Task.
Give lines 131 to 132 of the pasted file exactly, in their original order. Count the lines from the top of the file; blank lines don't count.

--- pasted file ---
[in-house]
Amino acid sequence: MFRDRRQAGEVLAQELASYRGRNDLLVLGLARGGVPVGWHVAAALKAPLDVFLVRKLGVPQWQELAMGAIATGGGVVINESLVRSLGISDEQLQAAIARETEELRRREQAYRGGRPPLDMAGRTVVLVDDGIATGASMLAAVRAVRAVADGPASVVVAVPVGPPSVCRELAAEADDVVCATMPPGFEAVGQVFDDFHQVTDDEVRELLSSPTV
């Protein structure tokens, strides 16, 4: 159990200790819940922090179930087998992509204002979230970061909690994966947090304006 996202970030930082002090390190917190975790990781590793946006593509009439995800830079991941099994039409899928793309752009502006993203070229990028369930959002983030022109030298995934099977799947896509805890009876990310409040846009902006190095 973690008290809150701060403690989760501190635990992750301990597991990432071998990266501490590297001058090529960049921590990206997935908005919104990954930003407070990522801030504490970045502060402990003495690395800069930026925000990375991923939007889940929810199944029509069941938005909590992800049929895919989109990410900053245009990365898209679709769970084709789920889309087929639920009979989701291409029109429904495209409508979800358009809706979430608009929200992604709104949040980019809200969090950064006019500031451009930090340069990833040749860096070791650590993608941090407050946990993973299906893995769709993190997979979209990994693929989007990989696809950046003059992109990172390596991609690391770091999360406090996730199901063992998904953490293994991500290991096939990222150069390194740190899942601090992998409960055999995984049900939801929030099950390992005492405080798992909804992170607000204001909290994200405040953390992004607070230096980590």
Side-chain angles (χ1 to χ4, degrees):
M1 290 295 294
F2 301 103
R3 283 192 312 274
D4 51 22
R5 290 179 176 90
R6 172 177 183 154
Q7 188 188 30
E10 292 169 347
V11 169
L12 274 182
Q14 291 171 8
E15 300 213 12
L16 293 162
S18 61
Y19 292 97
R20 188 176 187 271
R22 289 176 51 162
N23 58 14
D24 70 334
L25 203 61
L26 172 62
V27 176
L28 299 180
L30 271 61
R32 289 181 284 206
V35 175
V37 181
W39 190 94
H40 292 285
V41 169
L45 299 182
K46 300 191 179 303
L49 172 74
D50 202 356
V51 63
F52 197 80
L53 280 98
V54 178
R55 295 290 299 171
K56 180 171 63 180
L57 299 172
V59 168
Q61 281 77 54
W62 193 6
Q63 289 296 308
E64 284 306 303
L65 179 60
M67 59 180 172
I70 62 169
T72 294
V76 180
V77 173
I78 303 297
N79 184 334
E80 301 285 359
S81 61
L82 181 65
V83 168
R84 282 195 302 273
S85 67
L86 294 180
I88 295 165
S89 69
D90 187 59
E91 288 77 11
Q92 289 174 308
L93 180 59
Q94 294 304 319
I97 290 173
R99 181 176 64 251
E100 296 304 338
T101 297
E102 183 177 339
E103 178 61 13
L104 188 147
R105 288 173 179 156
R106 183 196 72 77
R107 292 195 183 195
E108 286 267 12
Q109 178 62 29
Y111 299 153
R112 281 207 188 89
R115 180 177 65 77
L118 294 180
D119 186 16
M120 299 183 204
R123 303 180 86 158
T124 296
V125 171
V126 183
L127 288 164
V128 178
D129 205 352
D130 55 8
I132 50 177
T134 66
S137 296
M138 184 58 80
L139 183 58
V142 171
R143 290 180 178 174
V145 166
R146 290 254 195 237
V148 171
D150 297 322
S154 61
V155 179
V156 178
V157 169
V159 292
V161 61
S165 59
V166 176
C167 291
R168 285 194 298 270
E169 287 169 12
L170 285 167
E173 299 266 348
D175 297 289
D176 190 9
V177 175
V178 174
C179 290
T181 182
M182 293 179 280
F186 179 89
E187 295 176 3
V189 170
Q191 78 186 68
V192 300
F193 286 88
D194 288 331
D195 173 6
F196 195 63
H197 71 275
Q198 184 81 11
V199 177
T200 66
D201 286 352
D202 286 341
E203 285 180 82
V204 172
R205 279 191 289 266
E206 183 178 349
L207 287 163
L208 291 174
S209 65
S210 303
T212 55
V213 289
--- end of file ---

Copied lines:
E187 295 176 3
V189 170